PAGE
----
#cedem13 Day 2 morning, Track: Open Collaborative Government & Social and Mobile Media for Public Administration, Chair: Sylvia Archmann, Norbert Kersting
E-Participatory Map over Process Methods in Urban Planning
Karin Hansson, Göran Cars, Love Ekenberg, Mats Danielson
Karin Hansson looked at the definitions of e-democracy, and found that many of these are often contradictory and include exaggerated expectations. The aim of the project is on the one hand is to to understand participation, and on the other hand, how to improve the participation processes.
The study shows that often the agenda is set by experts or authorities, rather than being developed within the local-global public sphere. It is necessary to consider the participant: who is the participant, e.g. is it the residents today, or the ones tomorrow? Is it the local residents, or the city at large? In some cases it may be necessary to try to inlcude all groups.
There is a need for methods that are able to present and represent the participant groups. There is also a lack of methods to visualise the representation of such groups.
The authors therefore propose an e-participatory map. This is to be a guideline that depicts the different methods of participation, and needs to include the decision layer, the interactive layer, the discursive layer. The map also shows the need to inlcude the participants, the participatory methods to be used, and setting the agenda. This map can also be used to help clarify expectations, define concepts, define who is involved, how best to combine different methods, and how to combine analog and digital methods.
Web 2.0 in Russian Open Government: Political Role of Internet Users Communities
Radomir Bolgov, Andrei Chugunov, Alexey Bunkov
Radomir Bolgov focuses and assesses in his presentation e-participation and open government in Russia. Open government projects have been launched by the Russian government, e.g. maps of wood fires, but these projects are not as successful. One reason for the lack of succss is that the projects are not monitored once they have been set up.
A decree in 2012 lead to a Rusian Public Initiative portal http://www.roi.ru. This is an information disclosure system about official regulations projects, the results of public consultations, listing of information. It focuses on several themes, e.g. the development of infrastruture, public adminstration and legislation, social sesrvices, ecology and security, at different levels of governance (local,municipal, regional).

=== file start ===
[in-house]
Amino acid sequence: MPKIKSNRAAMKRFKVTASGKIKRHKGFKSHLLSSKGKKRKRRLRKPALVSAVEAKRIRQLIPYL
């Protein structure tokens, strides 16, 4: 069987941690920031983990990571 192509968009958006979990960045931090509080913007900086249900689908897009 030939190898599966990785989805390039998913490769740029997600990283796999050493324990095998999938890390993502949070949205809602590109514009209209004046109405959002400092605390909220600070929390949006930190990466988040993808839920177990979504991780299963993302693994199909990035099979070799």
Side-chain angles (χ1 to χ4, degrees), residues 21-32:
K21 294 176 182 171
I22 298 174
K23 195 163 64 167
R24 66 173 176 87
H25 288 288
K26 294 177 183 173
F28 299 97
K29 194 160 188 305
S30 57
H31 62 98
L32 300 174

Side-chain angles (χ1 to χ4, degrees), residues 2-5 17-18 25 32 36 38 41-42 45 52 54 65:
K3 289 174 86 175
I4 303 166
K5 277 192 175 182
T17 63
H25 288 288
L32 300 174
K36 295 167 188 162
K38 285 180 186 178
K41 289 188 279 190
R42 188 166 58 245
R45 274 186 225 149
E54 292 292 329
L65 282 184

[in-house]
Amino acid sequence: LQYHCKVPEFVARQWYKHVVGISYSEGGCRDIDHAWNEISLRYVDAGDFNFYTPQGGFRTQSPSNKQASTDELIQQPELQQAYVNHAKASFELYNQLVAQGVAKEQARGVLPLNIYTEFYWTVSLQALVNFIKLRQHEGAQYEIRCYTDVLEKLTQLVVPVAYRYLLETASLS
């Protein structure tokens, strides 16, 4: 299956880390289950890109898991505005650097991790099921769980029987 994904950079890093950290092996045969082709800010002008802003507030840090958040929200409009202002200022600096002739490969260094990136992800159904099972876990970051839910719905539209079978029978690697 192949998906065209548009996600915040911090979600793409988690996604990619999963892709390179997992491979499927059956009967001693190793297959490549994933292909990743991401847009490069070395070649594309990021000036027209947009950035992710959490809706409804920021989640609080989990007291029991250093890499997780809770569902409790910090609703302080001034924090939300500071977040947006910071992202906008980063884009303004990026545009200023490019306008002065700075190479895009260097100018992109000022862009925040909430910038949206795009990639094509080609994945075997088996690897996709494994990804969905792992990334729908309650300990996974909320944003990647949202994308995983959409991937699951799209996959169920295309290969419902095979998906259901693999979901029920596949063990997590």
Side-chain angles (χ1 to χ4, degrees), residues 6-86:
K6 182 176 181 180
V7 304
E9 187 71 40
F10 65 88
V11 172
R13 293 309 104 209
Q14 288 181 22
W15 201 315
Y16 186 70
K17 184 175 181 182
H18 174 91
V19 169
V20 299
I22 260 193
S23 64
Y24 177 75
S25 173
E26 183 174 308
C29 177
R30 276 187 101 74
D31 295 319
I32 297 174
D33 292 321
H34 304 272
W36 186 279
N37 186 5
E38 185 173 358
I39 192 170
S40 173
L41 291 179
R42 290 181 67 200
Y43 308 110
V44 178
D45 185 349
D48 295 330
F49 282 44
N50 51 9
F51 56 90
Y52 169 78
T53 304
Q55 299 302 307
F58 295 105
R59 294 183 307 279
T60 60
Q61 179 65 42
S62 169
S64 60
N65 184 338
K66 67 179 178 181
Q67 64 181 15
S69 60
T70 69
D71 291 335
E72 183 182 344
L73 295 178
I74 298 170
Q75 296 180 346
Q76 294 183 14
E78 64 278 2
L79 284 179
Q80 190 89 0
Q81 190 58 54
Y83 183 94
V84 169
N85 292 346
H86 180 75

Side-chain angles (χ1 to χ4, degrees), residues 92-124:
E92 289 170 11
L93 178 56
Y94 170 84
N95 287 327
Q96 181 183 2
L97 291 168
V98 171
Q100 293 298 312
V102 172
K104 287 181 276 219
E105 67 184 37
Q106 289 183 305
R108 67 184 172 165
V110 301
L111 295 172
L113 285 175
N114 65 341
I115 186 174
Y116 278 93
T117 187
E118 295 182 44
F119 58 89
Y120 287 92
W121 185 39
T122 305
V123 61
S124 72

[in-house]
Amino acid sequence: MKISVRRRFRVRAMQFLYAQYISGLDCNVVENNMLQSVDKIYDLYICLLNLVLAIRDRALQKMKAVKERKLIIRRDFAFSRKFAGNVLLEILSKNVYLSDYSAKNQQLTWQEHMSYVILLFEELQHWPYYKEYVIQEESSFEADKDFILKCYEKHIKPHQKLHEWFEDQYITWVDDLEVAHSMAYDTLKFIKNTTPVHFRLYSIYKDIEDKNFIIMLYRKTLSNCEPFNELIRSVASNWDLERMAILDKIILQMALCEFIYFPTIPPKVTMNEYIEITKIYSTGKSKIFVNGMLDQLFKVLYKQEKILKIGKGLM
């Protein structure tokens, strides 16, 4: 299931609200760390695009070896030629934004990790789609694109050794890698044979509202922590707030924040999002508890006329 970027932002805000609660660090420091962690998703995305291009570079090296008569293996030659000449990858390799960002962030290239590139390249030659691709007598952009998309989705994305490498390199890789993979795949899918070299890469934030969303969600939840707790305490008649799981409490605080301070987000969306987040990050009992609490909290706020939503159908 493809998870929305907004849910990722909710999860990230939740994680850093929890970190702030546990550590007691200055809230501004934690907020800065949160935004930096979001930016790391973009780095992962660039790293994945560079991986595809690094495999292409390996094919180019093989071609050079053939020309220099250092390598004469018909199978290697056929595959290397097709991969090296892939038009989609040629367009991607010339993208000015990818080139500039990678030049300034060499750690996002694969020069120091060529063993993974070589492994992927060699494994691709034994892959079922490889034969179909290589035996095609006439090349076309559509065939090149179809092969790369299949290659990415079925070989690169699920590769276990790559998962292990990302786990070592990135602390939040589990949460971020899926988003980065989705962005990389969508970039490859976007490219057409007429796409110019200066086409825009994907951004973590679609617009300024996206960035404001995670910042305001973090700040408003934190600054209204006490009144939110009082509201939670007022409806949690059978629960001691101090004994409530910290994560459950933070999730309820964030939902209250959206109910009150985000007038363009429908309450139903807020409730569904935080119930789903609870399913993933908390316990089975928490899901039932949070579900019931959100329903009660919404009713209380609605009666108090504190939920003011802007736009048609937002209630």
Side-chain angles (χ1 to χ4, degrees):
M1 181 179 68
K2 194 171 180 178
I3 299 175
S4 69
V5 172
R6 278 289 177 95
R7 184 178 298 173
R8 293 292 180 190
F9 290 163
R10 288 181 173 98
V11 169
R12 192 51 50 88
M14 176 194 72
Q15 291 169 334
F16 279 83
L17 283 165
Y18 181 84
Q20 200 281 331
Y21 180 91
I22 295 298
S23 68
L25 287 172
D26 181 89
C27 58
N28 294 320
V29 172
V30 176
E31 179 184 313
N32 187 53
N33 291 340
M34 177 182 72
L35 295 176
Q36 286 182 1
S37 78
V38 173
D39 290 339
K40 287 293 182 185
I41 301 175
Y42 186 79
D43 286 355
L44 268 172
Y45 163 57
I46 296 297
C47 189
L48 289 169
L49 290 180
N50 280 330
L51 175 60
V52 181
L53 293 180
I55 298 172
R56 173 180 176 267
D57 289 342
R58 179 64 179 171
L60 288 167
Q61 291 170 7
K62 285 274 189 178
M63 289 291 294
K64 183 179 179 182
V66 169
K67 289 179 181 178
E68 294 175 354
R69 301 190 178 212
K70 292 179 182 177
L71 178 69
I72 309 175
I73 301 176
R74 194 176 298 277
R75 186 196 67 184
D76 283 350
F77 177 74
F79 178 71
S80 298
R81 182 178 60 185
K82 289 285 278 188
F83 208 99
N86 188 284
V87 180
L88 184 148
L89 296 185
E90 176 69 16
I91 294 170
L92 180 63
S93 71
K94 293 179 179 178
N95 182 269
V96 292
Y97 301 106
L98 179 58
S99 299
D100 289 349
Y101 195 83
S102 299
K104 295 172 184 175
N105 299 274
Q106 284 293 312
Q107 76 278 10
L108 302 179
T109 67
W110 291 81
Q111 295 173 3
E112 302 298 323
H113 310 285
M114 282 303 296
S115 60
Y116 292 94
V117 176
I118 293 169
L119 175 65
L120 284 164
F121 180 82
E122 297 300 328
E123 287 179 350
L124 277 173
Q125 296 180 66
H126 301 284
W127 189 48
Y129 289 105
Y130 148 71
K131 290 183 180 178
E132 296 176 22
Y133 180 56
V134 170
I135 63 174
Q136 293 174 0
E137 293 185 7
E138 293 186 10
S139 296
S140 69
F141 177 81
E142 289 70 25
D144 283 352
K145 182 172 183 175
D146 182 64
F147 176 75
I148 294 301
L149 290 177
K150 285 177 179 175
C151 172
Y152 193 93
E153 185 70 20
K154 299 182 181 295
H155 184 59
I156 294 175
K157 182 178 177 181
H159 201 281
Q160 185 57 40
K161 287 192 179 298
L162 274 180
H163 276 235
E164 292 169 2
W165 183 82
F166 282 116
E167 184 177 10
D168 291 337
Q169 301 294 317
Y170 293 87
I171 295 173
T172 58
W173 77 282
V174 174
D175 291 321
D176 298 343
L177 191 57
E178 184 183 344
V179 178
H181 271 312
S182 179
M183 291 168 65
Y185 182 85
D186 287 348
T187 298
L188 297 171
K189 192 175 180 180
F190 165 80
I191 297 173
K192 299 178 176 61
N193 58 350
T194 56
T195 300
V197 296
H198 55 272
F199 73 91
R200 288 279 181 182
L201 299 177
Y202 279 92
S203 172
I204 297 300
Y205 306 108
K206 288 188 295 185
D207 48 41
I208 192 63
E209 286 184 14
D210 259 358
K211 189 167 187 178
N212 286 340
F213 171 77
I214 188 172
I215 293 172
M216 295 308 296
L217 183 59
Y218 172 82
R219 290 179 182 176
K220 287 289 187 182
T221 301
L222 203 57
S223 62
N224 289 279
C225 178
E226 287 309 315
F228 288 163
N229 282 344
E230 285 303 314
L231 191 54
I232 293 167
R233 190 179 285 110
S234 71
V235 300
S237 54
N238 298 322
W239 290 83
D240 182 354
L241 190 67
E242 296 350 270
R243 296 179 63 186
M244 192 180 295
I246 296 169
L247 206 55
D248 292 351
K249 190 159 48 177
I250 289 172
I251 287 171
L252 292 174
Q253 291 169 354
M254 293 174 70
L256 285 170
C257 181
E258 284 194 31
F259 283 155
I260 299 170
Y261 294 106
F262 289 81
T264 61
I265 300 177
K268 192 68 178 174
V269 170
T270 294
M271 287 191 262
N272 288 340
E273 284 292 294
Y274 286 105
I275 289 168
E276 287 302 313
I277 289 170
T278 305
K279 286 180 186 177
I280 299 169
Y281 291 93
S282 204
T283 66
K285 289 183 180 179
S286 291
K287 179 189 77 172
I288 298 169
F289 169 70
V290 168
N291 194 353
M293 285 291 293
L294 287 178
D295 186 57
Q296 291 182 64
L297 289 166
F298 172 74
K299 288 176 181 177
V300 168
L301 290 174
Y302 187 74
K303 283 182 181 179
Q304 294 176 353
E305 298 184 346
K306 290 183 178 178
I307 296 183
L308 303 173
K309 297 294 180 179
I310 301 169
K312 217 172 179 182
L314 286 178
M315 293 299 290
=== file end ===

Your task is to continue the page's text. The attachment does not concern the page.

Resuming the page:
There are several problems with this platform, above all, it seems to present Potemkin e-villages. In addition, citizens are often not aware of open government activities, and 95% of the visitors to the open government site are not aware of the puropose of the initiative. Fianlly, open government in Russia is limited to discussing on how to make government better, but not on disclosing data.
Social Media Analytics for government in the light of legal and ethical challenges
Verena Grubmüller, Bernhard Krieger, Katharina Götsch
Gaining feedback has become an increasingly important aspect of internet usage, and governments too are using the internet to gain feeddback. Accoridng to the United E-Government Survey (2012) , this is done in many countries, developing countries too, and this information is used to inform policy.
It is not clear though whether this information harvesting is done manually or automatically. The social analytics tool (SMA) looks at publically available user-generated content, then the tool selects, filters, analyses the contents before forwarding this to the policy makers.The difference to other similar toolsis that it has been specifically developed for public authorities, and is based on the relevant keywords.
There are privacy cand data security issues that need to be considered. Whilst citizens are not concerned about data issues in their general use of social media, they become alot more careful about such issues once they know govenrment is collecting this information. The legal framework often lag behind other developmments, and this social media analytics often a legal gray area.
Government Activities in Social Media
Sarah Hartmann, Agnes Maink, Isabella Peters
If we are to achieve Castells’ (1989) informational cities, then authorities need to provide ICT infrastructure and encouage political willingness.
At the same time, it is necesssary to be aware that the concept of government/ e-government has changed: whilst Moon’s (2002) defintiion focused on achieving efficacy and transaction, Government 2.0 (in 2012) needs to be more open, encourage social communication and interaction.
The project looks at 31 cities worldwide considered to be “informational cities” and how they link and use social media services.
A number of cities link to social media services, but for example Berlin, Hong Kong, Helsinki, London, Los Angeles and Stockholem use social media but have no links from their homepage. The cities that are most active, such as Berlin, Seoul, Barcelona, Vienna and New York are very active on social media platforms, but hey tend to focus on 1-2 services.
One of the main conclusions of this study is that it is not always an advantage to engage in many social media services – it does not lead to more followers/likes, and it is better to focus on 1-2 services.